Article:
I take what you want and bring it to life, adding my Caribbean flair while making sure it sounds the best it can sound at all times.
I am a musician that loves to see musicians create their dreams. I will stop at nothing to make sure you get what you want. I've been doing music for a long time and I've done nothing but improve and improve, learning as I go. I will continue to learn from you and other artists/musicians as I combine art with skill. I studied this in my hometown and have done collaborations with others. There is never a time I am not working. I skip sleep a lot staying up all night trying to get a mix right so you can guarantee that I will do the same for you and get the best you need by any given deadline. I do not charge much because I personally dislike putting a price on art so I keep it reasonable for even the smaller artists to be able to afford. I do not believe any creator should be limited. I believe in giving people the resources they need to bring life. I specialize in Production (mainly Hip Hop, Trap, Reggae, Dancehall & R&B/Soul, but I am flexible enough to stretch into other territories), Mix & Master Engineering, Songwriting & Instrumentation (especially the Rhythm Guitar).
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Interview with Lex Luwisi
Q: Tell us about a project you worked on you are especially proud of and why. What was your role?
A: When I was in community college me and a few of my friends decided to make an album. It was made completely by us with no help and we made sure that every aspect of the album was done at on campus. The cover art, the recording, the mix+master (even though we decided not to master it for metaphorical reasons), the promotion (the college had a radio station and we got two or three of the songs played there and we were featured on the campus' newspaper), songwriting, etc. We appropriately called it "College Kid" and every track features a certain experience that the majority of us faced while on campus ranging from racial profiling, partying, romance and even the feeling you get when you actually do better than you thought for once (Another Level featuring Isaiah [now C.I.S]). I was the producer, the recording engineer, the mix engineer, the lead artist and the lead songwriter.
Q: What are you working on at the moment?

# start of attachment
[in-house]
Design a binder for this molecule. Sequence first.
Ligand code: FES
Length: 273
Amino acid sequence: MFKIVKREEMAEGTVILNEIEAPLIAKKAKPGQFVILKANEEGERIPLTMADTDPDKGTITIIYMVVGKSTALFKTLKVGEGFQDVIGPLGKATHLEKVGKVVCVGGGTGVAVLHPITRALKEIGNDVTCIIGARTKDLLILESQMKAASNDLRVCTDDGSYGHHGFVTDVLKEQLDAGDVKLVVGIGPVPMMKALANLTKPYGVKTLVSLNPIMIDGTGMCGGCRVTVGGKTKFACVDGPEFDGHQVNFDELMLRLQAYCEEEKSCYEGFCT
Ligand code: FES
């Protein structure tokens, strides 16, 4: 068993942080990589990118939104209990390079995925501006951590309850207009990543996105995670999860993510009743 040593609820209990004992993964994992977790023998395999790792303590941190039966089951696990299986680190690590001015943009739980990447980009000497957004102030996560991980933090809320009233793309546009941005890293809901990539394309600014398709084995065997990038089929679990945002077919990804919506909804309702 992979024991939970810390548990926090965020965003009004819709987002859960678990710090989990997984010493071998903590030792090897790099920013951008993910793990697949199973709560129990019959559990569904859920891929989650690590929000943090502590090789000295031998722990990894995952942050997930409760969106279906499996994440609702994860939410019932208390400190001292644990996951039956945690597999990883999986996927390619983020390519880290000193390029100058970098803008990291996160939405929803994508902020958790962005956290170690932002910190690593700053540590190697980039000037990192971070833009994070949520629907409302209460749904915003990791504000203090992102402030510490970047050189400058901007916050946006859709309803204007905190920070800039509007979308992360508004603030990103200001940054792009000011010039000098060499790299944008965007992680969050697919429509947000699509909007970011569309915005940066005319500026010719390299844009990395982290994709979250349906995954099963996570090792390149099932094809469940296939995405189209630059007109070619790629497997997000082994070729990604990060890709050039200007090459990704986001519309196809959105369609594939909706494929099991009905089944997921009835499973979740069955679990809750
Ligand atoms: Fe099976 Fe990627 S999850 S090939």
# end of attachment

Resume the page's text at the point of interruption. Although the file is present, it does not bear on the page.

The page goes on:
A: I am currently working on 3 singles (one which I am featured on, and two of my own where I bring along features), a compilation album and a collaborative album. I am also producing two EP's for local artists and a full-length album for one of the previously mentioned.
Q: Is there anyone on SoundBetter you know and would recommend to your clients?
A: Not as yet. Hopefully, I will be able to meet and get to know other engineers, producers, and artists and keep the dream of music alive.
Q: Analog or digital and why?
A: Digital because even though analog has a special feel to it and it has a sound that digital cannot replicate, Digital has a lot more capabilities and uses that Analog cannot provide. Its more versatile and gives us more to work with. If in the event that I need the "Analog Sound" I will use Analog but for now its Digital for me.
Q: What's your 'promise' to your clients?
A: I promise to listen to and collaborate with my clients. I do not intend on being a Yes-Man. I will listen to all of your ideas and try to make them work to the best of my ability and if they do not work I will reach out to you, tell you what I've tried and why it doesn't work and offer alternatives that I believe will make both parties happy.
Q: What do you like most about your job?
A: The feeling that I'm doing something right. I work non-stop and the music I create or help create gives off feelings. Every song has a feeling behind it and I love how my emotions fluctuate with the song. I get to feel empowered after a rainy day. I get to feel happy when I'm mad. I get to feel alive after a funeral. I get to feel hopeful when the world constantly tells artists no.
Q: What's the biggest misconception about what you do?